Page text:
Money: how much should we strive for it to become happy?

24
Aug
Nick

Pursuit for money

A lot has been said and written about money’s relationship to happiness. The following two statements are made most frequently in this respect:

  1. Money cannot buy happiness directly and
  2. Money may be required for happiness up to a certain amount (so that we can fulfill our basic needs), but its impact on happiness thereafter is very limited or does not exist at all

While these statements certainly have a great deal of truth in them, the question which arises is how much we should actually strive to acquire significant wealth. Does the second statement above imply that we should slow down our drive for riches once our basic needs are satisfied?

The answer to this question will, I believe, be different from person to person, as substantial wealth comes with several new elements that may have potentially good or bad impact on our happiness, and depending on how susceptible we are to every one of them the conclusion will go one way or the other.

This article aims to initiate a discussion towards a more comprehensive picture showing how money may have an impact on how happy we are.

Risks and drawbacks of being significantly wealthy

Before I get you hyped up with the advantages of being wealthy, causing you to stop reading this article, throw your laptop into the corner of your room and run out and search for money, let’s have a look at money’s potential drawbacks first.

  1. Killing our drive / losing our task / not knowing what to do with the freedom 
    Money is very often a key goal of our efforts, but we should remind ourselves the path to the goal is as important as the goal itself. Having a goal in mind gives us motivation, energy and a positive spirit, all crucial ingredients for happiness. Once we’ve achieved the goal, however, we risk losing these benefits, and need to find new goals that fulfill this role to the same extent.

    How difficult this can be is something I am observing now with friends of mine retiring, which is a comparable situation; the challenge to fill the gap for a new task may be too big, causing substantial unhappiness.
     

  2. Things money can buy are no longer special
    The pleasure of saving money for something which we would really like to have, the anticipated joy of having it (which is just as real joy as any other joy, a subject to be dived into more detail in future posts), then actually buying and being happy with it, is heavily reduced once we could have it immediately. Unlimited wealth to immediately purchase material goods may look like a shortcut to happiness from the poor man’s perspective, but the rich guy knows it’s not.
     
  3. Disappointment that money cannot buy happiness
    Despite knowing on an intellectual level that money cannot buy happiness, emotionally we still often tend to believe otherwise. Once we are rich we also “emotionally discover” that this is not the case, the disappointment of which can lead to unhappiness or at least substantially reduced happiness. The effects of expectations on happiness is a very interesting subject in itself, which will be addressed in one of the future posts of this blog.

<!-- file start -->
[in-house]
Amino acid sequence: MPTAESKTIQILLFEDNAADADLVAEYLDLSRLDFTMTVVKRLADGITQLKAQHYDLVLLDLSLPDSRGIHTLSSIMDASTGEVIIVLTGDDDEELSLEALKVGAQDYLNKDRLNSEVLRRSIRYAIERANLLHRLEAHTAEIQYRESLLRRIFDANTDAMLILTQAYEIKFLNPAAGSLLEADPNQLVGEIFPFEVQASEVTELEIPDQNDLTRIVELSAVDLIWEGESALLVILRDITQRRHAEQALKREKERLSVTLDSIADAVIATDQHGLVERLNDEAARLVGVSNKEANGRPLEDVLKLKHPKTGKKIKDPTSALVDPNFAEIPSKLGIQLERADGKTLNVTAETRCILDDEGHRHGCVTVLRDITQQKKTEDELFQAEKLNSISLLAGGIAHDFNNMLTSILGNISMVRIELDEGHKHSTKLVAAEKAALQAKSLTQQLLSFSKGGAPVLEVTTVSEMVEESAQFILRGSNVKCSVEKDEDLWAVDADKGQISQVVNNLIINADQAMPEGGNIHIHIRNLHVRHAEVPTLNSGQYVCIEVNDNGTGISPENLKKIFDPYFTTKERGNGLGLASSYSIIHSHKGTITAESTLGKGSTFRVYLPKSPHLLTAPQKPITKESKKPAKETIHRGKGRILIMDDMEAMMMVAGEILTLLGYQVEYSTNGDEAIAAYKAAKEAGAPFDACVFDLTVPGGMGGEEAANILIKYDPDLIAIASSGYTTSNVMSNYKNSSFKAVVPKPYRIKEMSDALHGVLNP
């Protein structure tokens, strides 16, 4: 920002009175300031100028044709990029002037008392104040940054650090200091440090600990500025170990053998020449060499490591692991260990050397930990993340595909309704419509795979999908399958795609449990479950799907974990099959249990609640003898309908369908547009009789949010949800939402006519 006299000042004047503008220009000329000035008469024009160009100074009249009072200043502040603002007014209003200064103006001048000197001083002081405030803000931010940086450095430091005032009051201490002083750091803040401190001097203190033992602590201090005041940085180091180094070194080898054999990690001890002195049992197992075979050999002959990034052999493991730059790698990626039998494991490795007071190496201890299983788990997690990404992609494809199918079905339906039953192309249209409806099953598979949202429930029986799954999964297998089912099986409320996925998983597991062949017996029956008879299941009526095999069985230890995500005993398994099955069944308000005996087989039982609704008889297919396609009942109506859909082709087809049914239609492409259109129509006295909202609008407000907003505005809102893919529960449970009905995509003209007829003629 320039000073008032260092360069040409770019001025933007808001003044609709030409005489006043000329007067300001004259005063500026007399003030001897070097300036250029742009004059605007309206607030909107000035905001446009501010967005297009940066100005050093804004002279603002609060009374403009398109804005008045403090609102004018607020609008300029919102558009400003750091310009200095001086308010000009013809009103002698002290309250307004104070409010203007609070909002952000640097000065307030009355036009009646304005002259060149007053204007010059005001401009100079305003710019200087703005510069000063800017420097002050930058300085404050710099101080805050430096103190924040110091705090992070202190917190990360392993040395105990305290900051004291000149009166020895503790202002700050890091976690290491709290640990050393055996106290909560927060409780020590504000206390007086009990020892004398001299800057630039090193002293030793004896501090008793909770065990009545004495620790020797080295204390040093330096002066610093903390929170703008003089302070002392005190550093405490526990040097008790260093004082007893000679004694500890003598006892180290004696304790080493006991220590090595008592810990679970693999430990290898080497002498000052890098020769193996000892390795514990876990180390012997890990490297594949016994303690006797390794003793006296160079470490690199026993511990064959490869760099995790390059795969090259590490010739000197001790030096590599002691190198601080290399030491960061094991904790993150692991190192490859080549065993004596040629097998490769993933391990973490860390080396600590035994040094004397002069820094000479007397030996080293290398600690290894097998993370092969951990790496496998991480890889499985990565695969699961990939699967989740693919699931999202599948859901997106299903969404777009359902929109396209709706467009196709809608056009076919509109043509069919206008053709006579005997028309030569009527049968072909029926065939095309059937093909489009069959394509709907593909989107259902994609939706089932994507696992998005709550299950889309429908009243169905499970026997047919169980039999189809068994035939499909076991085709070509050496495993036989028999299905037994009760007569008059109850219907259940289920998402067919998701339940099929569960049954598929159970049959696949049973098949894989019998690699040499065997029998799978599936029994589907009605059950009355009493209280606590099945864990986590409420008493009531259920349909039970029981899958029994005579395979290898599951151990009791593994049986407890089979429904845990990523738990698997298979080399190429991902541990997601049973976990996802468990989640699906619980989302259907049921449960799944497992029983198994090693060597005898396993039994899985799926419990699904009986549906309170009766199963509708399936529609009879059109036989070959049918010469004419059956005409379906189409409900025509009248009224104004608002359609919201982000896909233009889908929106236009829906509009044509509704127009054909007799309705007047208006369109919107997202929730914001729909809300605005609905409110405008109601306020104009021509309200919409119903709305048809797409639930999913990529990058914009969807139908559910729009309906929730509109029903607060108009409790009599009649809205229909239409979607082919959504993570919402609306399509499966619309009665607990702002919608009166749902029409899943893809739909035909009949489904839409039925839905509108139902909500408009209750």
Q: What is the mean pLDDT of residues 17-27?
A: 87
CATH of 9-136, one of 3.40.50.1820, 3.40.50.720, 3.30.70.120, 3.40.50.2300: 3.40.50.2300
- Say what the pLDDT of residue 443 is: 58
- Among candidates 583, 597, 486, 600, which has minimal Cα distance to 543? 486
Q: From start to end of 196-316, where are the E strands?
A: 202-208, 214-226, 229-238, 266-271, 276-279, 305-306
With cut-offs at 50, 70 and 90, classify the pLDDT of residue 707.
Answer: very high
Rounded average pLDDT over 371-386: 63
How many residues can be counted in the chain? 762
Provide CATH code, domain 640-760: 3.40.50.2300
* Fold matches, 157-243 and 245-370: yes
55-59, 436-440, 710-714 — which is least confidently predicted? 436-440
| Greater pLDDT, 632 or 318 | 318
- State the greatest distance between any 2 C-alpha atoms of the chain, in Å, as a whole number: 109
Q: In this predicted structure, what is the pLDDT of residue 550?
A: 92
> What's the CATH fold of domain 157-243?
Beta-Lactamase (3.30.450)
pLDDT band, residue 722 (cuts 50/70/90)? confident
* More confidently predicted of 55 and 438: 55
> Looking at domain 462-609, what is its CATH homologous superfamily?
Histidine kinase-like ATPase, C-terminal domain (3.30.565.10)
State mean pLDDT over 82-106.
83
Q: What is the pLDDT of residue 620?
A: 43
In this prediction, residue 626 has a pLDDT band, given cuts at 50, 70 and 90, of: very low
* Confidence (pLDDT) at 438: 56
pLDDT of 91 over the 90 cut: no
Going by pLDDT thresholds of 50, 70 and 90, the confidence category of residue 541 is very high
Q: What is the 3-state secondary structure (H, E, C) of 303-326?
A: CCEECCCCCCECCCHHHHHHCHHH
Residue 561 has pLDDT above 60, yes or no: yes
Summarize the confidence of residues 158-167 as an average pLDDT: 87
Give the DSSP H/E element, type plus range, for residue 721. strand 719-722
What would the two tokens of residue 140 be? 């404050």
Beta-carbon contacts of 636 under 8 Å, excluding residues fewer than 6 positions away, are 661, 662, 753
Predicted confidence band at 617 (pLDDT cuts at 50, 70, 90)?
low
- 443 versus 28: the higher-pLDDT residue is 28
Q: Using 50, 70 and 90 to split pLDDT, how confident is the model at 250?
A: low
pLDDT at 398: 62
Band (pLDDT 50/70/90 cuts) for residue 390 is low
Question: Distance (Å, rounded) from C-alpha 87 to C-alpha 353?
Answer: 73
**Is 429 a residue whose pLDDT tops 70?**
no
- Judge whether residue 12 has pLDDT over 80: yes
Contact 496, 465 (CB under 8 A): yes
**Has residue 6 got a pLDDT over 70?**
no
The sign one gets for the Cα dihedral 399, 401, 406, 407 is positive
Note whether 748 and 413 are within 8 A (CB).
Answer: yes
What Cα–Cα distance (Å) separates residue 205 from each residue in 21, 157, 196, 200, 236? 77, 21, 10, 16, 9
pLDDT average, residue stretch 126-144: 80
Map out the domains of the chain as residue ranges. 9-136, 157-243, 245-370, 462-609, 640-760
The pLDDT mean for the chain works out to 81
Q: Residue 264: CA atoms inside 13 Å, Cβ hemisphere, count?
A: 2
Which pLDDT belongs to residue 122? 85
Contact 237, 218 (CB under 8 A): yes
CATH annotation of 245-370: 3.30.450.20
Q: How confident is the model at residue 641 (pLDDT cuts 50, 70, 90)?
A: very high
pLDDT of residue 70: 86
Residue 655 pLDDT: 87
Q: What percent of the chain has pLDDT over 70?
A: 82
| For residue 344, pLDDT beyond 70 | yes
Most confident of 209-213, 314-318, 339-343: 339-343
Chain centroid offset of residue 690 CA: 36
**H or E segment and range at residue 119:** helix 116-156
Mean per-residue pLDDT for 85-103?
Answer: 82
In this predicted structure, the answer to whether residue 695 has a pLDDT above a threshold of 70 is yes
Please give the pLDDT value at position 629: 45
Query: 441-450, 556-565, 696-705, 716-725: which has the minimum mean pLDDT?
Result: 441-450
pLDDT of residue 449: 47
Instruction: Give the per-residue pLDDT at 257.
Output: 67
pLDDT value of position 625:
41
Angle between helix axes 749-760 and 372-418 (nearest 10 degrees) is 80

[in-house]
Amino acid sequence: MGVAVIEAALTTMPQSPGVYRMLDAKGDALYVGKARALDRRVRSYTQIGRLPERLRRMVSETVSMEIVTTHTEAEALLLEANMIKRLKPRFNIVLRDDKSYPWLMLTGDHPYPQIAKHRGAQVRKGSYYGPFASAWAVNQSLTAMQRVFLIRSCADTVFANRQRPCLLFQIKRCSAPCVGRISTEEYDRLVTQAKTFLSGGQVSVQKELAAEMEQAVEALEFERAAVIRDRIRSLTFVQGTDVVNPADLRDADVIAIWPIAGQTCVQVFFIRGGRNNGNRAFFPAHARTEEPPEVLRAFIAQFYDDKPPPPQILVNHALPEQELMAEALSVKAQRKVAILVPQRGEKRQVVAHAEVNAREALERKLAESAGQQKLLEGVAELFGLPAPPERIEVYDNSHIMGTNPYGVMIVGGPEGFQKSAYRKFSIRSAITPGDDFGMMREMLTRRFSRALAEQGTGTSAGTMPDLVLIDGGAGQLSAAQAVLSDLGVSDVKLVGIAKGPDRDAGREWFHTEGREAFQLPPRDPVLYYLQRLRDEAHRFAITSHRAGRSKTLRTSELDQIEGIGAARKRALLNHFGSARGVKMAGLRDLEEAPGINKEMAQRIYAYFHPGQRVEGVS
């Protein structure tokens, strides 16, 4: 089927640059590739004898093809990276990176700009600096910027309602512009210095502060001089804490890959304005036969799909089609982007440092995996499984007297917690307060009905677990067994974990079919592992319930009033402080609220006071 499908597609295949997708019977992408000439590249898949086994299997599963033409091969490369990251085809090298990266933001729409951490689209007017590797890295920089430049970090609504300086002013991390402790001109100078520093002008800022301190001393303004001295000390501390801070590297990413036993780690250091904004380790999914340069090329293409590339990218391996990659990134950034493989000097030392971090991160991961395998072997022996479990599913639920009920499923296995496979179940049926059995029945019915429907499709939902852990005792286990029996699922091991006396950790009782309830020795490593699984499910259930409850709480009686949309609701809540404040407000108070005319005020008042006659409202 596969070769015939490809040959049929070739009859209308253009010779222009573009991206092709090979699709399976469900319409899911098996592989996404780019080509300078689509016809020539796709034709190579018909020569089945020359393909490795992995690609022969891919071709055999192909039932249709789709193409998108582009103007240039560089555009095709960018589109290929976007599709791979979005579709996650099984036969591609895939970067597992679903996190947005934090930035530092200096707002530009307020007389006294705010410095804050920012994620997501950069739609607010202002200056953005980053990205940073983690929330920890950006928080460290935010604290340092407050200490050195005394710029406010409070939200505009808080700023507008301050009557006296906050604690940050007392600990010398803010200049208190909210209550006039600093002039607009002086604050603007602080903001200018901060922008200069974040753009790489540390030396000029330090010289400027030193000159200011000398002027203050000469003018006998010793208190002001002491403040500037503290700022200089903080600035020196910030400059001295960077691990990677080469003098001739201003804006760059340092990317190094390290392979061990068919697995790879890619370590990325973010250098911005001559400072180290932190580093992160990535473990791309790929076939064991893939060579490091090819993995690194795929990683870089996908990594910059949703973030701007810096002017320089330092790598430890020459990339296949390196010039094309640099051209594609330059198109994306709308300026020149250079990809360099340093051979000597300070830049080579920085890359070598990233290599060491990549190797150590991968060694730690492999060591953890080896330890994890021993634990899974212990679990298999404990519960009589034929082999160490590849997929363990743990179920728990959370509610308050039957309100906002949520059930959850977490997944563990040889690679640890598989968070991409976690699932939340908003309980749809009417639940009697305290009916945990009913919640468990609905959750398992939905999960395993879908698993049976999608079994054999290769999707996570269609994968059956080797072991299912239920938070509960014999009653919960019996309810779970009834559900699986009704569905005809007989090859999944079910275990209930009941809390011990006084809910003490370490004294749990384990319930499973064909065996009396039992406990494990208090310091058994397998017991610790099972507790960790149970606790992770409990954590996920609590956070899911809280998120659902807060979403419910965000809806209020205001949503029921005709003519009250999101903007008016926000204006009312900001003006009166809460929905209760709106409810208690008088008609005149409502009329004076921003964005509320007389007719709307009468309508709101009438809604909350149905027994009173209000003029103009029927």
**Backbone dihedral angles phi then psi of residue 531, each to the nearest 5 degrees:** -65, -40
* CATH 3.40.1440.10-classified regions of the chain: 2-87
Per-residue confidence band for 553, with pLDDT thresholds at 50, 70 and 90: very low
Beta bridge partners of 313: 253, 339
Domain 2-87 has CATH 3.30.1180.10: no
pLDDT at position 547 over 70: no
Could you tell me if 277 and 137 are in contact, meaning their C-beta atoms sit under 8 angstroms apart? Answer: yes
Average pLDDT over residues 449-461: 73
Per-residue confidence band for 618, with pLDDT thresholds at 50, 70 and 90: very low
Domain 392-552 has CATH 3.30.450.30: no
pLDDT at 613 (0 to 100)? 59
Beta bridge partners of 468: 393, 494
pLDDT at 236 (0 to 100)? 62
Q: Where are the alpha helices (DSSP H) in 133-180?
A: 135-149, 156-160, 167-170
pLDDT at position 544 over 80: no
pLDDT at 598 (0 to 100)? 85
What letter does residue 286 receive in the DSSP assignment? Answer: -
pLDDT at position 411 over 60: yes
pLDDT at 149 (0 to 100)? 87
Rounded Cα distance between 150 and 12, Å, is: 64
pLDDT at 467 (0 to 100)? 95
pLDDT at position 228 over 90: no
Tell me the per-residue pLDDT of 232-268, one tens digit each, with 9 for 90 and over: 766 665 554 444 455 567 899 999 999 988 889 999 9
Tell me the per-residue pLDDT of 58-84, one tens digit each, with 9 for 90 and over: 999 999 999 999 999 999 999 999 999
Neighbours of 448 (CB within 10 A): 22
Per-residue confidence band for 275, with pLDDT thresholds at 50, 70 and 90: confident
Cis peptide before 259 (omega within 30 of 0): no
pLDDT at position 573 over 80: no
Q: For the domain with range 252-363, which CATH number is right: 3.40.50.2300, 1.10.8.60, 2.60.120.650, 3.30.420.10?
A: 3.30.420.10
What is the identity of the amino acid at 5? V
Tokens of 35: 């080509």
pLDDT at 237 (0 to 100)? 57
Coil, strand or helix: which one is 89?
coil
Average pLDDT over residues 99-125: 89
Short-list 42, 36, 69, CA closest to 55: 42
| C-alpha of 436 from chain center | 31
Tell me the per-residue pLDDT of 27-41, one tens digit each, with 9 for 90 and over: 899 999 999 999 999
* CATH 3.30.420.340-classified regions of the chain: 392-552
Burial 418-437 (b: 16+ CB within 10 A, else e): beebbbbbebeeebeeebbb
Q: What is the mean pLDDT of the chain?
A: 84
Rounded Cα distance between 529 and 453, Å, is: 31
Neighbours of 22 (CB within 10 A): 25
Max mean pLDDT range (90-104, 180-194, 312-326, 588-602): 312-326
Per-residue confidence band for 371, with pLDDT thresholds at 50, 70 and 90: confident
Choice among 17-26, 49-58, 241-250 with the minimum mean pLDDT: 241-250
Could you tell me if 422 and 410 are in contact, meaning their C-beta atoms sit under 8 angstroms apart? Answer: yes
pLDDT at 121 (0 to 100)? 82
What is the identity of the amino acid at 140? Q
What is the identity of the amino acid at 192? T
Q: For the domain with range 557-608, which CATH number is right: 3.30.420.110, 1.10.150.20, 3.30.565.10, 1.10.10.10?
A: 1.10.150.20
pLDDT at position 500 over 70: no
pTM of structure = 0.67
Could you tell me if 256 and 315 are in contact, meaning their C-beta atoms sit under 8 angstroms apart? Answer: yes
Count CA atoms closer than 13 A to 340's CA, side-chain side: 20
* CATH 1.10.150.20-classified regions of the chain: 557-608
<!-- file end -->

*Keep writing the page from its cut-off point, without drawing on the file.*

4. Unfavorable change in personality
    Wealth may lead to a change in personality, or buoying of negative character traits to the surface, such as feelings of superiority, enhanced level of greed etc. This can lead to unhappiness, both for the wealthy person as well as the people around him or her. A Chinese proverb goes “gold is tested by fire and man is tested by gold”, which I believe has a lot of truth in it.
     
  5. Fear of losing it again
    Those who climb high can fall deep, and this is also true for the very wealthy. The rich have to look after more assets, potentially raising the feeling of risk of losing it again, which may have a negative effect on happiness.
     
  6. Outside threats / theft
    People who are well-known to be wealthy have to take special security measures to ensure that they will not be victims of theft, kidnapping or similar. Even if it never happens, the protection shield that needs to be set up is real, and can have a substantial impact on the lifestyle, mostly not for the better.
     
  7. Friends and other people behaving differently
    Due to the special status of wealth in society, people may behave differently towards wealthy people, even if the latter have not changed their behavior in any way. This may lead to unfavorable consequences, such as disturbing effects on the “chemistry” in relationships between people of different wealth, in the worst case leading to end of long-term friendships, which can have a substantial negative impact on happiness, as relationships are a key element of happiness.

Beyond these points there are several more potential drawbacks, such as a feeling of burden (e.g. responsibility which comes with wealth) and others, but the 7 points above should cover the main bulk of it (they don’t? Please add a comment below!).